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CCC&TI, Appalachian State University Announce Aspire Appalachian Co-Admission Program Agreement

Caldwell Community College and Technical Institute President Dr. Mark Poarch and Appalachian State University Chancellor Dr. Sheri Everts sign the Aspire Appalachian Co-Admission Program agreement on Wednesday, Dec. 12, in the B.B. Dougherty Administration Building on Appalachian State’s campus in Boone.

Leadership from Caldwell Community College and Technical Institute (CCC&TI) and Appalachian State University have announced a new co-admission agreement that will create a seamless pathway for students who want to start at CCC&TI and complete their degree at Appalachian State.

The Aspire Appalachian Co-Admission Program will provide students who complete a two-year associate degree at CCC&TI with a 2.25 GPA or higher with guaranteed admission to Appalachian State to finish their undergraduate degree. Joined by Appalachian State Chancellor Dr. Sheri Everts for the signing ceremony on Appalachian’s campus on Wednesday, Dec. 12, CCC&TI President Dr. Mark Poarch described the agreement as “monumental.”

“I want to thank Chancellor Everts, Provost Kruger and the entire leadership team at Appalachian State University for your vision, for your leadership and for your partnership,” Poarch said. “This is a monumental day for Caldwell Community College and Technical Institute. It’s great to be able to demonstrate the collaboration and strength we have in Western North Carolina.”

This past fall, 1,278 transfer students enrolled at Appalachian — seven out of 10 came from a community college.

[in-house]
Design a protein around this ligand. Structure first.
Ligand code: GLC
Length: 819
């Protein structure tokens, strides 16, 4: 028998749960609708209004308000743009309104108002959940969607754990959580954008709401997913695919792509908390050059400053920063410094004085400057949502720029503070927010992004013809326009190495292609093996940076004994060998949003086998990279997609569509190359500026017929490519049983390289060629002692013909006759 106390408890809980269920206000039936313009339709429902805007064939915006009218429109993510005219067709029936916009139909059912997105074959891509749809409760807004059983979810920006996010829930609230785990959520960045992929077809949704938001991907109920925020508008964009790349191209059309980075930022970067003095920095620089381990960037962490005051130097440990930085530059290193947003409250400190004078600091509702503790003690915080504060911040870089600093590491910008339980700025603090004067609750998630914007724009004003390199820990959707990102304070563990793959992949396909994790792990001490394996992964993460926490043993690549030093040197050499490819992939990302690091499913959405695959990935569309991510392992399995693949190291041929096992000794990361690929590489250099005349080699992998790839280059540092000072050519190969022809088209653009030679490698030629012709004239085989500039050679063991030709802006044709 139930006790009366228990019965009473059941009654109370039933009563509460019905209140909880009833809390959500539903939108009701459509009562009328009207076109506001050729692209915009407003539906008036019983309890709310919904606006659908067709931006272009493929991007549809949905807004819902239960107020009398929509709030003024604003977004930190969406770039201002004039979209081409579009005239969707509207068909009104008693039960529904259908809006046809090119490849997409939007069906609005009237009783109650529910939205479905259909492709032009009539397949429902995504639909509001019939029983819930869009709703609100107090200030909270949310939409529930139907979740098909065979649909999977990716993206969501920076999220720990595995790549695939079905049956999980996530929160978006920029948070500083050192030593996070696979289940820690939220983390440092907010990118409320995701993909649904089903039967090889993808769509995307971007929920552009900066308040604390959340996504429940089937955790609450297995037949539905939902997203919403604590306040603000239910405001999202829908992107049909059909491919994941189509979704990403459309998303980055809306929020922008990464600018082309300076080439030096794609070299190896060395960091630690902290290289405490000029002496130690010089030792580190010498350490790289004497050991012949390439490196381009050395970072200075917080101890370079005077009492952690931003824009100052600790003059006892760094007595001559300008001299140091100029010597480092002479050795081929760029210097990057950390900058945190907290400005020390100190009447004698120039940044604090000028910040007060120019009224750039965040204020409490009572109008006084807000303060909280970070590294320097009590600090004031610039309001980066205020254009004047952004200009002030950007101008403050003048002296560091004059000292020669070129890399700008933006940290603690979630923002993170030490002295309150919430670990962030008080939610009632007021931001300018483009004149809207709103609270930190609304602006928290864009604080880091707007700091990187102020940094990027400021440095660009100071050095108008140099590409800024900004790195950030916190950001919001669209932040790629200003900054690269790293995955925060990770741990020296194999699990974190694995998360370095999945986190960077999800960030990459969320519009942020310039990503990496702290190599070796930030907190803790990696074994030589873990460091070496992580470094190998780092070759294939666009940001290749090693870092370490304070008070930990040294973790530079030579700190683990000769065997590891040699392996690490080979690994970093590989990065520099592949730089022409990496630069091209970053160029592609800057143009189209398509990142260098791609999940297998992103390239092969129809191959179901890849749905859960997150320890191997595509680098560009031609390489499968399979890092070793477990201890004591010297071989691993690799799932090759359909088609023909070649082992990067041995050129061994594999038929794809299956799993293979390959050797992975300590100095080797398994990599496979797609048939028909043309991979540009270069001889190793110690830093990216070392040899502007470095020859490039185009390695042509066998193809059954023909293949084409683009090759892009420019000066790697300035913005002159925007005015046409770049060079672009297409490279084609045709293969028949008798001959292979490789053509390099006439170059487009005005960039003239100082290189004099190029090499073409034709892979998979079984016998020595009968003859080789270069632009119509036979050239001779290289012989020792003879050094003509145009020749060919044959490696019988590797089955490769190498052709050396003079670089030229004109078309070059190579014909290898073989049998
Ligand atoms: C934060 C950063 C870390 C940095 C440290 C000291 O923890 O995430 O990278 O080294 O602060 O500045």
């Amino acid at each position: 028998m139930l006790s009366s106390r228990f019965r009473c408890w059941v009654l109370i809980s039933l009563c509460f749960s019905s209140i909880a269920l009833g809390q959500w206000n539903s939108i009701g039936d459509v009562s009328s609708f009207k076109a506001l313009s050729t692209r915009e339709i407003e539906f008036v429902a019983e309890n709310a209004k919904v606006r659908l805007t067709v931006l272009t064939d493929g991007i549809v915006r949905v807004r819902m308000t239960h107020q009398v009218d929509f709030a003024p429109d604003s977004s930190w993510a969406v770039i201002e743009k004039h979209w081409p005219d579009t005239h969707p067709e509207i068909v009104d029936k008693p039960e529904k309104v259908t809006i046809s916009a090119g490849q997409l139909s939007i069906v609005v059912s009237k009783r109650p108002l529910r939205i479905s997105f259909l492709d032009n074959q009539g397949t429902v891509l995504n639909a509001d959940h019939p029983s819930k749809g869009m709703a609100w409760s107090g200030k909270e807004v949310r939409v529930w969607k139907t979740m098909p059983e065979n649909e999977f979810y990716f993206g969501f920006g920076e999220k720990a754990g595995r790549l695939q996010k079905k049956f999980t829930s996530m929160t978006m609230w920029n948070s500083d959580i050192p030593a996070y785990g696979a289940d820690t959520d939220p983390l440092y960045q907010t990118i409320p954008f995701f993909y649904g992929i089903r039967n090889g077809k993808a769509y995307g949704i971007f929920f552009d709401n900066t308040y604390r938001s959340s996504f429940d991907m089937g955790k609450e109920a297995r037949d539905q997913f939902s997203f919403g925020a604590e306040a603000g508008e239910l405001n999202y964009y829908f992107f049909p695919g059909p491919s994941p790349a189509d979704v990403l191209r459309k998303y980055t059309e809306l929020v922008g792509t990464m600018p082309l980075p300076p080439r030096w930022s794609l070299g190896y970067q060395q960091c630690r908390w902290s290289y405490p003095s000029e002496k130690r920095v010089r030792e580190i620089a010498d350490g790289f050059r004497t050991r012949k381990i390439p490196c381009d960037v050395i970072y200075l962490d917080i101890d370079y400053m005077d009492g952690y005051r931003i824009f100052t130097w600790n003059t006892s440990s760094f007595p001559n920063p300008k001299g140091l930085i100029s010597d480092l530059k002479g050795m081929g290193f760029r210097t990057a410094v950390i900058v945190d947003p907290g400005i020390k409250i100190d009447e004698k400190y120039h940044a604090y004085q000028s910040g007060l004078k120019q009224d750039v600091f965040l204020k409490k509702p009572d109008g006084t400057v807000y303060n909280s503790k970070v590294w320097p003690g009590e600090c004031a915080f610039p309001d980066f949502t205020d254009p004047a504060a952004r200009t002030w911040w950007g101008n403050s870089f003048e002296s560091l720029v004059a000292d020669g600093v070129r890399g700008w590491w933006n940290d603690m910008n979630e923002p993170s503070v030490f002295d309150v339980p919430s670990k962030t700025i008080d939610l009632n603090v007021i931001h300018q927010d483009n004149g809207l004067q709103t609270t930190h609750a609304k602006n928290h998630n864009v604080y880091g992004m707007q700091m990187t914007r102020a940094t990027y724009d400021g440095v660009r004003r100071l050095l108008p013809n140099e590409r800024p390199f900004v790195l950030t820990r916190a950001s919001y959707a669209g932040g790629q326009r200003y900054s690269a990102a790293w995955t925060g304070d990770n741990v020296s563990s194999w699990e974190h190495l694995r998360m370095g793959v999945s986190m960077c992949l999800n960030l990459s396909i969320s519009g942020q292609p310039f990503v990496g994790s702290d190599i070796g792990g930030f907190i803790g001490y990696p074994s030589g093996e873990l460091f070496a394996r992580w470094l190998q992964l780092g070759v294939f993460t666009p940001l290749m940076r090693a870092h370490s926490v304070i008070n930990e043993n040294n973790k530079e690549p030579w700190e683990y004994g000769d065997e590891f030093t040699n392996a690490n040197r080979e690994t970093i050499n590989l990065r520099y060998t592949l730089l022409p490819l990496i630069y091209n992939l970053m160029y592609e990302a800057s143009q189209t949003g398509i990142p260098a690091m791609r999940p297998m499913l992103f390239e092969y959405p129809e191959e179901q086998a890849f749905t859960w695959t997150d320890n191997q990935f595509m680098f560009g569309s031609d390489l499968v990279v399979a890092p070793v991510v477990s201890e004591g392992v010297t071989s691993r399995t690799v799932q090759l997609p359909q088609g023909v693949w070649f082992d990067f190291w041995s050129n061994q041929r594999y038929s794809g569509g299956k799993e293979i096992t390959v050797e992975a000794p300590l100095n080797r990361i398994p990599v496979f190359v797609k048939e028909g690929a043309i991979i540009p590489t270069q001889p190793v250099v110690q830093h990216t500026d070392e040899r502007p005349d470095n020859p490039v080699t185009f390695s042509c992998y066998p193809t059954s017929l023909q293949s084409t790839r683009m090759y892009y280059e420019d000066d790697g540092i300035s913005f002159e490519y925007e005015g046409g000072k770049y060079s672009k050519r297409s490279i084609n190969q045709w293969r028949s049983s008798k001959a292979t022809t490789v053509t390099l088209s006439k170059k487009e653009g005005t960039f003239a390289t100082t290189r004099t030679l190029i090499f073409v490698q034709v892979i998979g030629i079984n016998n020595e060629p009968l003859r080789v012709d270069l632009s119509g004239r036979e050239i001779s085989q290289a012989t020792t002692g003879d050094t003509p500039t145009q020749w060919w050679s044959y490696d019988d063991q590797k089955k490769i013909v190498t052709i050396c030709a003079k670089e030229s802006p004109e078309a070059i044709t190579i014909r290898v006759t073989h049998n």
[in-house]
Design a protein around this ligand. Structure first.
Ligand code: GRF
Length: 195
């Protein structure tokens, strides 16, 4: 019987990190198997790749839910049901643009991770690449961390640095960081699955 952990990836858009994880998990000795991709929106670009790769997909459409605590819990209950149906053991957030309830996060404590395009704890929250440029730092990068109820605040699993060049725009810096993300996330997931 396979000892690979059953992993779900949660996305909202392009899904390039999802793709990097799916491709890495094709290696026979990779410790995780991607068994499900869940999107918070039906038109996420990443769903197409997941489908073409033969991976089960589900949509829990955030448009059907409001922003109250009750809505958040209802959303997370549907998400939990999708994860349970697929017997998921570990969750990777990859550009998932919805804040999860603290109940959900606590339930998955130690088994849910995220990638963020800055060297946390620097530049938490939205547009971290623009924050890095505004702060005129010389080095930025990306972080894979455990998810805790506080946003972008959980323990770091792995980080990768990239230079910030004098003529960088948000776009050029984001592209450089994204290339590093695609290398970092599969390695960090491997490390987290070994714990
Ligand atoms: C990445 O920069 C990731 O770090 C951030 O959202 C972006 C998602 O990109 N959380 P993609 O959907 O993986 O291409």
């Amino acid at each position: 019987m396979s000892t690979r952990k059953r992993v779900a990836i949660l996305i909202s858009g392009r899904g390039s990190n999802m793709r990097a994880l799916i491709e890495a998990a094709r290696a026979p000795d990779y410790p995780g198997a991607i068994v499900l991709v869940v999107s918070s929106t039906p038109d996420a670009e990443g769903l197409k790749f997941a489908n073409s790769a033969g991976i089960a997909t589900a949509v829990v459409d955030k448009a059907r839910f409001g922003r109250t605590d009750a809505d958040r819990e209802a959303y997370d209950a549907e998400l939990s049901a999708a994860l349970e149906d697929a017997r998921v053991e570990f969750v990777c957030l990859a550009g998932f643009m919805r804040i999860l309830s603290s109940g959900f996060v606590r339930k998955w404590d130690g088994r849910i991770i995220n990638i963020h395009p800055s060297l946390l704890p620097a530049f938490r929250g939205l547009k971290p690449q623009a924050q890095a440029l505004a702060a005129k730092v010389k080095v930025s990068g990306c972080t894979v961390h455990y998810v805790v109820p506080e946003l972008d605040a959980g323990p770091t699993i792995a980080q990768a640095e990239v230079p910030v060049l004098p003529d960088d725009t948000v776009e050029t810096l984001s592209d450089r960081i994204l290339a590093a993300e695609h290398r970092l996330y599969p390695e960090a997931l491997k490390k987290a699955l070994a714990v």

Describing Aspire Appalachian as an important collaboration, Everts said the agreement represents a continuation and strengthening of the partnership between the two institutions.

“Our strong transfer student numbers are due in large part to the intentional work we do with community colleges,” Everts said. “Appalachian is nationally recognized for the support we provide our transfer students, which leads to their academic success. The completion rate for Appalachian’s graduating students who transferred after graduating from N.C. Community Colleges is more than 20 percent above the national average.” 

The agreement, which goes into effect immediately, will create a pathway from CCC&TI to Appalachian State that includes academic and financial aid advising support for students, which will prepare them for a successful transition from community college to the university.

Aspire Appalachian students will have up to three years to complete the Associate of Arts, Associate of Science or Associate in Applied Science degrees before enrolling at Appalachian State. Aspire students will also benefit from waived application fees at Appalachian State, coordinated financial aid programs, coordinated degree completion and on-site admissions and academic advising.

As co-chair of the Higher Education Task Force for My Future NC, a statewide commission on educational attainment, Everts said she is working with education professionals across the state to address issues of increasing access to education — and decreasing achievement gaps.

“As part of this work,” she said, “the commission is addressing transfer pathways from community colleges to four-year institutions. I am extremely proud to see this strategy put into action through this agreement between CCC&TI and Appalachian.”

Students seeking additional information or wanting to apply for the Aspire Appalachian Co-Admission Program can contact Dennis Seagle, CCC&TI director of enrollment management, at 828-726-2705, or Dr. Kim Van Wie, director of Student Services at the CCC&TI Watauga Campus in Boone, at 828-297-2185, or Jane Rex, director of Appalachian State’s Office of Transfer Services, at 828-262-7465.